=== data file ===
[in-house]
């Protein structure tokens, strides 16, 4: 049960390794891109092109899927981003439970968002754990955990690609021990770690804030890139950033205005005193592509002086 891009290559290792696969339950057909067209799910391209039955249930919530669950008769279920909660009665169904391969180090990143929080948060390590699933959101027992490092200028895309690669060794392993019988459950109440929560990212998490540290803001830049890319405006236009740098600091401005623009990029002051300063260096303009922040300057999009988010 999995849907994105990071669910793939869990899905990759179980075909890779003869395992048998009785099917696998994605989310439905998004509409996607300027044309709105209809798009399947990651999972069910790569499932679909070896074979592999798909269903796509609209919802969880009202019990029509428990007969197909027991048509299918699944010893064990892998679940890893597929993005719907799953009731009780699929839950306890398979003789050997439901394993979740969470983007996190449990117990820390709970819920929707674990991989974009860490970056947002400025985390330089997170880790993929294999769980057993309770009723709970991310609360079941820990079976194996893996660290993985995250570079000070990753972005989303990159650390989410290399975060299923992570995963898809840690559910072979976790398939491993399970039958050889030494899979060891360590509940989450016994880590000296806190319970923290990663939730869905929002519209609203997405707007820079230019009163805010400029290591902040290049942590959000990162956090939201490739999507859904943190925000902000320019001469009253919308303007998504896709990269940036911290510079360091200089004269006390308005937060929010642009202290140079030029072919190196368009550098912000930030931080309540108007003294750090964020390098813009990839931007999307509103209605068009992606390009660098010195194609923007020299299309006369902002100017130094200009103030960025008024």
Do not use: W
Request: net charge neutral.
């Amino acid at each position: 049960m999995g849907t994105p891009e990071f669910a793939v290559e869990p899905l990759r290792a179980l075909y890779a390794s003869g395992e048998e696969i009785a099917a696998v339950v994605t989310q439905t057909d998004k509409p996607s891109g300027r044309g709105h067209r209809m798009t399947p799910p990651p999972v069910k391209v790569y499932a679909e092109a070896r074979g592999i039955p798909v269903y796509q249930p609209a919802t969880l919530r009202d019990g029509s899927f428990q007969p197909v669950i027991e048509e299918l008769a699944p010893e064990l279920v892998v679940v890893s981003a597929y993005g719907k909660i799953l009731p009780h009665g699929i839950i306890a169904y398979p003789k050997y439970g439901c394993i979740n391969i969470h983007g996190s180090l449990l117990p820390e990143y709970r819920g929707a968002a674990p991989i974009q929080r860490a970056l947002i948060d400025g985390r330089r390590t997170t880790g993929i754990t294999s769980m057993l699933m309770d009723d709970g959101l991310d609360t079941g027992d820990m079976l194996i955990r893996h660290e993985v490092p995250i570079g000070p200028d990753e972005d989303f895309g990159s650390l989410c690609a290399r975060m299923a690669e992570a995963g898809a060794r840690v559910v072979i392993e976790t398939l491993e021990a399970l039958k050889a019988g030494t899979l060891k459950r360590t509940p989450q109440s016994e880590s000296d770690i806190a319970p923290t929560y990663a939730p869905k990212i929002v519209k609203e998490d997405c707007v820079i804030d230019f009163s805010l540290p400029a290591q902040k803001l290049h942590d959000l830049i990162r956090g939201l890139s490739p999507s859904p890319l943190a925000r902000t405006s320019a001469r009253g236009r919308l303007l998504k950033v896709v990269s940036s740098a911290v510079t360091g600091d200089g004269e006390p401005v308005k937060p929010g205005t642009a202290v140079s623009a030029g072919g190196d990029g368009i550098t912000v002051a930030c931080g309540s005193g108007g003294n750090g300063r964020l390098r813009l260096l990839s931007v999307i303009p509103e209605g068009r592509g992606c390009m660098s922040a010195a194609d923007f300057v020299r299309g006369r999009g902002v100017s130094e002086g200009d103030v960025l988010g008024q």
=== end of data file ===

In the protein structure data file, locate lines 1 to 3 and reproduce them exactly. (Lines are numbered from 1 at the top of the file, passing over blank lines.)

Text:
[in-house]
């Protein structure tokens, strides 16, 4: 049960390794891109092109899927981003439970968002754990955990690609021990770690804030890139950033205005005193592509002086 891009290559290792696969339950057909067209799910391209039955249930919530669950008769279920909660009665169904391969180090990143929080948060390590699933959101027992490092200028895309690669060794392993019988459950109440929560990212998490540290803001830049890319405006236009740098600091401005623009990029002051300063260096303009922040300057999009988010 999995849907994105990071669910793939869990899905990759179980075909890779003869395992048998009785099917696998994605989310439905998004509409996607300027044309709105209809798009399947990651999972069910790569499932679909070896074979592999798909269903796509609209919802969880009202019990029509428990007969197909027991048509299918699944010893064990892998679940890893597929993005719907799953009731009780699929839950306890398979003789050997439901394993979740969470983007996190449990117990820390709970819920929707674990991989974009860490970056947002400025985390330089997170880790993929294999769980057993309770009723709970991310609360079941820990079976194996893996660290993985995250570079000070990753972005989303990159650390989410290399975060299923992570995963898809840690559910072979976790398939491993399970039958050889030494899979060891360590509940989450016994880590000296806190319970923290990663939730869905929002519209609203997405707007820079230019009163805010400029290591902040290049942590959000990162956090939201490739999507859904943190925000902000320019001469009253919308303007998504896709990269940036911290510079360091200089004269006390308005937060929010642009202290140079030029072919190196368009550098912000930030931080309540108007003294750090964020390098813009990839931007999307509103209605068009992606390009660098010195194609923007020299299309006369902002100017130094200009103030960025008024």
Do not use: W